The Benefits of Wind Turbines

Wind turbines, made up of two or three propeller-type blades mounted around a large rotor, resemble large fans mounted on towers.

Decreased Air Pollution

The rotor is connected to a main shaft, which spins a generator to create electricity. When placed 100 feet or more above the ground, the turbines take advantage of fast winds to spin the blades and capture energy. The turbines can produce energy for individual homes or businesses, or they can be attached to the electrical grid to create energy for more widespread use.

Wind turbines are emissions-free, which means they do not contribute to air pollution. Unlike production of other forms of energy, wind turbines do not create any byproducts that can damage to the environment.

Traditional power plants emit a variety of harmful substances into the air such as heavy metals, sulfur dioxide and nitrogen oxide. These substances cause acid rain, which can damage property, adversely affect the food supply and consequently cause harm to humans. Meanwhile, usage of traditional forms of energy generates carbon dioxide, believed to be a cause of global warming. Therefore, increased use of wind turbines could potentially reduce climate change.

Air pollution from traditional fossil fuels is also a known cause of respiratory disease. Increased use of wind turbines would lead to less air pollution, which would reduce respiratory disease and decrease health care costs spent to treat such conditions.

No Hazardous Waste

Wind turbines do not produce the hazardous waste that fossil fuels and nuclear power plants create. Obtaining coal, oil and gas from the ground causes environmental damage through the extraction and transportation of these fuels. Nuclear power plants produce energy from heat and create highly radioactive byproducts. Because nuclear byproducts are extremely dangerous to humans and wildlife, storage of this spent nuclear fuel requires high levels of security and maintenance.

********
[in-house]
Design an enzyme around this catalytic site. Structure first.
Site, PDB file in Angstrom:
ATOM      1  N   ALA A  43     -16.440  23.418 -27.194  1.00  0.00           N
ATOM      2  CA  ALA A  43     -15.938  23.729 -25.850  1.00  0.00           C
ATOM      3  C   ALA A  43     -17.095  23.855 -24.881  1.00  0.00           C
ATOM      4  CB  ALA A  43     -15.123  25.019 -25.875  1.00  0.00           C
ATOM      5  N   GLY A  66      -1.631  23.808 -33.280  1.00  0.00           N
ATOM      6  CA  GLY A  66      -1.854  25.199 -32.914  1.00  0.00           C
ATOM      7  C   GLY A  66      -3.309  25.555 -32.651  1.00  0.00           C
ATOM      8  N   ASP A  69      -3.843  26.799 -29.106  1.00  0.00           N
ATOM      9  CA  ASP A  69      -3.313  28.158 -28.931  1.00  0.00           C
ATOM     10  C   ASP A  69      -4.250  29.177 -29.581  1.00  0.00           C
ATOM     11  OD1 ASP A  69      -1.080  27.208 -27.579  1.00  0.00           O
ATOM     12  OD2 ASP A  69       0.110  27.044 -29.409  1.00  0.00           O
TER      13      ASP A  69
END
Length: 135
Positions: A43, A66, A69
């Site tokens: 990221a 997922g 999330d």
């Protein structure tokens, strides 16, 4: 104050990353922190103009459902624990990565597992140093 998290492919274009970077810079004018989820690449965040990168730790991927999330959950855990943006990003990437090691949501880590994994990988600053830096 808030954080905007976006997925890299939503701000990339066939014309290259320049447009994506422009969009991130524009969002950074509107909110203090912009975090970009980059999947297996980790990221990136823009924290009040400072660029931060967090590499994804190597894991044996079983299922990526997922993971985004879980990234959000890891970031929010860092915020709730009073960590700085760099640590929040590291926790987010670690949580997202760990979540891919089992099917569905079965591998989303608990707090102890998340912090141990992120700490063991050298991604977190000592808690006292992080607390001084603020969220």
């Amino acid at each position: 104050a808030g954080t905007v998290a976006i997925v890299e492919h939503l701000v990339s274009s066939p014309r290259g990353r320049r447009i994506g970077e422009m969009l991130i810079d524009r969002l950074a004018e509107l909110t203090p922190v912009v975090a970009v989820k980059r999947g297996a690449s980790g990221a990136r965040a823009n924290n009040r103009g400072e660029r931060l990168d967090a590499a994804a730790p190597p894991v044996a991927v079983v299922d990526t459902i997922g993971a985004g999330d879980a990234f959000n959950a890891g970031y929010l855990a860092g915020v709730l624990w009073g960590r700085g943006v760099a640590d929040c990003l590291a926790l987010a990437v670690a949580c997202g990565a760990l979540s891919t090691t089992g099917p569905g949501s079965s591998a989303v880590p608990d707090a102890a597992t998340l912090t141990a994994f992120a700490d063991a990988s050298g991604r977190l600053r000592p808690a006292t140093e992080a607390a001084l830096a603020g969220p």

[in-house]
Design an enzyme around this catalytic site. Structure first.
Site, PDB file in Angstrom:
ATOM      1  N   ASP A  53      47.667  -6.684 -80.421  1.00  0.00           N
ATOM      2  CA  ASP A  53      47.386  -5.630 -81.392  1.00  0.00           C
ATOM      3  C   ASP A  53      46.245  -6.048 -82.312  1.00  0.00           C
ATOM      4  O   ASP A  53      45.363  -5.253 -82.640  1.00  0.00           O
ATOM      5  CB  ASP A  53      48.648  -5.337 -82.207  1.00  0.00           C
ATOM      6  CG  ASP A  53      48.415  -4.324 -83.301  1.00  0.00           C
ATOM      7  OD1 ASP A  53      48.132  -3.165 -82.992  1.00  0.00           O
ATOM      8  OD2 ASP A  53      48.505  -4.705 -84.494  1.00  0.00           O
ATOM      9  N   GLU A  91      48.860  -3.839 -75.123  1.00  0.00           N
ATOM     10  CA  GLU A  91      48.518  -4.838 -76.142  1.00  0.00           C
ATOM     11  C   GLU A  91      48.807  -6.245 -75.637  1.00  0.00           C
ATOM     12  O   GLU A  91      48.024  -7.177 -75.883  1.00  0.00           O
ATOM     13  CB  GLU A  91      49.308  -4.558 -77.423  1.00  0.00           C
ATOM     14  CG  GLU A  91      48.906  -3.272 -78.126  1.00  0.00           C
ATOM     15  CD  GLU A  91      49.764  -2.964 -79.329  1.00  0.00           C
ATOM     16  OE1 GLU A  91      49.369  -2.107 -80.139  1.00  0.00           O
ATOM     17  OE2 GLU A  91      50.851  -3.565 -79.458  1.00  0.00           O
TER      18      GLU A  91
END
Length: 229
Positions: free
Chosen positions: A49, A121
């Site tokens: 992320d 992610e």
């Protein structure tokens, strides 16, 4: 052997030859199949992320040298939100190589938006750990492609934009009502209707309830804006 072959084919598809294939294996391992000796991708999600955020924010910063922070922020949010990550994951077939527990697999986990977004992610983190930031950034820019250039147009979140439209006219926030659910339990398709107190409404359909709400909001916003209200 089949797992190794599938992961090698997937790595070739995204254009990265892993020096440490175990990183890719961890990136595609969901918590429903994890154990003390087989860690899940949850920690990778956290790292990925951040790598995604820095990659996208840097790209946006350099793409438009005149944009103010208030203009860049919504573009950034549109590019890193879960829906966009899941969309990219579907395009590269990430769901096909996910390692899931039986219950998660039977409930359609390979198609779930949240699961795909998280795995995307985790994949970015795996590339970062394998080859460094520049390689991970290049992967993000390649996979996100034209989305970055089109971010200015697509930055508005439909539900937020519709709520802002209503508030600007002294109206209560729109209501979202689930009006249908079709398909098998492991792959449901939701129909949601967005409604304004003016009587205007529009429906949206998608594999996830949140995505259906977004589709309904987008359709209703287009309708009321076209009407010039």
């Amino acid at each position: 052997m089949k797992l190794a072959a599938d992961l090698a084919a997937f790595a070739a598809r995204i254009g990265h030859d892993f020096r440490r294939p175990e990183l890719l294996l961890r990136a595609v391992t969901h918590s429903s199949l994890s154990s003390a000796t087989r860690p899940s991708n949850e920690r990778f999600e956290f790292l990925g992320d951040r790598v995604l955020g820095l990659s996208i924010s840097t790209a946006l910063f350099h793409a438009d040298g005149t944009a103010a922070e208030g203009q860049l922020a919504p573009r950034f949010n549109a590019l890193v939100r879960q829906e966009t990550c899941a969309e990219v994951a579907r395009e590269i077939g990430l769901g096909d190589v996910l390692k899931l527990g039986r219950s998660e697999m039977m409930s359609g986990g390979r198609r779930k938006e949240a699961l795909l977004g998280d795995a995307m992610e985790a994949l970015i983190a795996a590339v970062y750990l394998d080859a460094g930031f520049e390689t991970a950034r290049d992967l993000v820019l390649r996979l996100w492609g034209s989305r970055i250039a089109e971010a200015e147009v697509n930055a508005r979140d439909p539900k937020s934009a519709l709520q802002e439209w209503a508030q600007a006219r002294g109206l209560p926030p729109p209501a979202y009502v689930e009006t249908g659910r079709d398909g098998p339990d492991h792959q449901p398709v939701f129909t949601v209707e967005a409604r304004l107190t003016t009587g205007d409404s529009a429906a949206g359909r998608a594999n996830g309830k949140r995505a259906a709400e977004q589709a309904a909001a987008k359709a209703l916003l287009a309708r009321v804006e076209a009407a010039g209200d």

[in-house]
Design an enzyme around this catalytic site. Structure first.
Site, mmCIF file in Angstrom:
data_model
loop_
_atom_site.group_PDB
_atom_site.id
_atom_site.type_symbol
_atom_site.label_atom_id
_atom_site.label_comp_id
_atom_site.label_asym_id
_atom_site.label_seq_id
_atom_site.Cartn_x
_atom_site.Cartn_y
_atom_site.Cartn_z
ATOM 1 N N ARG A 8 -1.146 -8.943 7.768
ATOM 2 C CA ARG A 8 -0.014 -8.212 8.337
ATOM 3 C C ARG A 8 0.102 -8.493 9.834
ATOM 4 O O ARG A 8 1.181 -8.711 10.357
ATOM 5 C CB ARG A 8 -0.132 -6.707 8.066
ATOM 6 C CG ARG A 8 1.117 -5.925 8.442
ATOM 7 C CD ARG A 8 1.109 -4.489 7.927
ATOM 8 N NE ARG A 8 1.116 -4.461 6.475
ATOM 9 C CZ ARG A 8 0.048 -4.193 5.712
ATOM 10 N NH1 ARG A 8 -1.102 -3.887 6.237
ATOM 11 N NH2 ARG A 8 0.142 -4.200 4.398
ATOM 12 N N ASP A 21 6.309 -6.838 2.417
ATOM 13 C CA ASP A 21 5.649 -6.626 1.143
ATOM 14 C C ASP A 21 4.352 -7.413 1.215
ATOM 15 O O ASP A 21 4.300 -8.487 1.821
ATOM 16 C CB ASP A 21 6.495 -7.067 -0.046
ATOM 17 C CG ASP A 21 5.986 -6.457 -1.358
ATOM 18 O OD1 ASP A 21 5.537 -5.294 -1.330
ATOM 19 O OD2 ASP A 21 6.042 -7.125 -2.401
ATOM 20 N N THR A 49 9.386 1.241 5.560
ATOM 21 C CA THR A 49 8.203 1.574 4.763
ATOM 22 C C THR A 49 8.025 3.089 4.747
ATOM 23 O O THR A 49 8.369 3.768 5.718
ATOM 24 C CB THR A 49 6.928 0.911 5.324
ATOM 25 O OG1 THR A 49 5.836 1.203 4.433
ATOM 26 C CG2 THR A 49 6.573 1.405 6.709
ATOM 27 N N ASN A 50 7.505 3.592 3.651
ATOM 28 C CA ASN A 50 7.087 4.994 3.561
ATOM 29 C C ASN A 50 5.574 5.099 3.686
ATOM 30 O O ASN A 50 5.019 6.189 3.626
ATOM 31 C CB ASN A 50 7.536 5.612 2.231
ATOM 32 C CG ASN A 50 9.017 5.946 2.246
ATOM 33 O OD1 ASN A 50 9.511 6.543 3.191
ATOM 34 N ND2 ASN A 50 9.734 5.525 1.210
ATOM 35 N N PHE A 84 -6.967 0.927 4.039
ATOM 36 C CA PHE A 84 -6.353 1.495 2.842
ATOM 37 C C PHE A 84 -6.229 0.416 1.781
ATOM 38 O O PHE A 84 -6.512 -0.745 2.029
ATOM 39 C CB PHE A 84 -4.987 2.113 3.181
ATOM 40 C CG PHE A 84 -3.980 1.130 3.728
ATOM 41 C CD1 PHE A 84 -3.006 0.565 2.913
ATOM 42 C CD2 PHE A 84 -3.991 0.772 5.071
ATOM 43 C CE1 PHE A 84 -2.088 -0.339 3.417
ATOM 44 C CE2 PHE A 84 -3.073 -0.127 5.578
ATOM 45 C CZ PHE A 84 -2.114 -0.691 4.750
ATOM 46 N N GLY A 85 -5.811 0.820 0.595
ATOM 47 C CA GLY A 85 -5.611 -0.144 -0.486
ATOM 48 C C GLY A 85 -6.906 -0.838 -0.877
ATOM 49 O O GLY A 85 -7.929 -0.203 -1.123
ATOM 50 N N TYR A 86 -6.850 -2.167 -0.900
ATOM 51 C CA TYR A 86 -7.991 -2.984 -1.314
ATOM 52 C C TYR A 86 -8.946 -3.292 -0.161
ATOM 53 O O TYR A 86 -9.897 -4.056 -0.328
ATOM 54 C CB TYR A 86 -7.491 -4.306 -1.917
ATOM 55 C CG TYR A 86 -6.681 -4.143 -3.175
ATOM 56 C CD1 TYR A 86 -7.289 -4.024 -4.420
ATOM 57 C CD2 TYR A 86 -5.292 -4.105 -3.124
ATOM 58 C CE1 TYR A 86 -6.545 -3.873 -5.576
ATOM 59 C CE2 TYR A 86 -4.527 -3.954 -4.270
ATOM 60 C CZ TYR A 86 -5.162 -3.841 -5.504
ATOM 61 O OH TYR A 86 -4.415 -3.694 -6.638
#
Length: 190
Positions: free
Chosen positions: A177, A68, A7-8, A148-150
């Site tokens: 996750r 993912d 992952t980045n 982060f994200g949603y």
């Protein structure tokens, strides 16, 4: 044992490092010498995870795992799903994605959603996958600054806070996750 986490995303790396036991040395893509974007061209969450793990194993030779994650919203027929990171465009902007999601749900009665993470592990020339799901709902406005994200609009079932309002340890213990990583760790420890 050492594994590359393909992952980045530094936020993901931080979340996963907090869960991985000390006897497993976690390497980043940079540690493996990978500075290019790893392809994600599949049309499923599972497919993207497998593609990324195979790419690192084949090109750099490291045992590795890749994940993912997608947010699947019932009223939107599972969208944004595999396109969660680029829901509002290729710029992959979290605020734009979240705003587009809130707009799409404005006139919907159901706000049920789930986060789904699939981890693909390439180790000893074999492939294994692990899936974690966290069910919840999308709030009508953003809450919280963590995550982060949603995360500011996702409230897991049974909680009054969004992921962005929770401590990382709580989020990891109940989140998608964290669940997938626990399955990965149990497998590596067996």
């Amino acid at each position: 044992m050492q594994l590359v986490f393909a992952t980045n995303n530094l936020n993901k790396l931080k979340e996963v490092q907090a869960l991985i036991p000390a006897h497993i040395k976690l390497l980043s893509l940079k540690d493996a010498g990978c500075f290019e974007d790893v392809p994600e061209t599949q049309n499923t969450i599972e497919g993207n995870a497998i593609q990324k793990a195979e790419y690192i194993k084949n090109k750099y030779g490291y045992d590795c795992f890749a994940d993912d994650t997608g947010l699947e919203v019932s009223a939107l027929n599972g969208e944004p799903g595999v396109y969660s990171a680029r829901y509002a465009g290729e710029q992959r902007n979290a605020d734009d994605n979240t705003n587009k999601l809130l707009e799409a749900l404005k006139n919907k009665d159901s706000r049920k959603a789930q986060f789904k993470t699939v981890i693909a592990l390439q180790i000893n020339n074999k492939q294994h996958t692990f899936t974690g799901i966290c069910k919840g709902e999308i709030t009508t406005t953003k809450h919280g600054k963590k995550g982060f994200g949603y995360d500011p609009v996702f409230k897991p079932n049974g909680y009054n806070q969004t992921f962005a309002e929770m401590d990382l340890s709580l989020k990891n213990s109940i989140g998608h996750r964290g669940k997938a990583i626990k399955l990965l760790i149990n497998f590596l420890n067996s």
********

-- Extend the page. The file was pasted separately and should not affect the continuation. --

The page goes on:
Less Environmental Impact

While the use of wind energy does have an impact on the environment, those effects are generally not considered as great a concern as global warming, water pollution or air pollution. The effects include minor erosion--mostly preventable through proper landscaping--and bird or bat collisions.

Increased Public Support

In the past, the general public was skeptical of wind turbines for aesthetic reasons, including noise pollution and flickering shadows caused by the rotating blades. However, most of those problems have been eliminated or greatly reduced. In fact, research conducted in the United Kingdom and Spain found that once turbines were installed and working in an area, local support increased and the population favored the use of wind energy.

Unlimited Availability

Wind is a renewable energy source--unlike fossil fuels, which are an exhaustible source of energy. As a result, large numbers of wind turbines could reduce dependence on other energy sources, providing a more dependable source of energy in the long term.

Reduced Cost

Wind energy is much less expensive than other sources of energy. While the cost of residential energy averages over 12 cents per kilowatt hour, the average cost of wind energy is just five to six cents per kilowatt hour.

About the Author

Kendall Olsen has been writing for more than 20 years She is a University of Missouri-St. Louis Gateway Writing Project Fellow and has published instructional materials with the McDonald Publishing Company. Olsen holds an Ed.S. in educational technology, an M.Ed. in secondary English curriculum and instruction, a B.S. in elementary education and a B.A. in art history.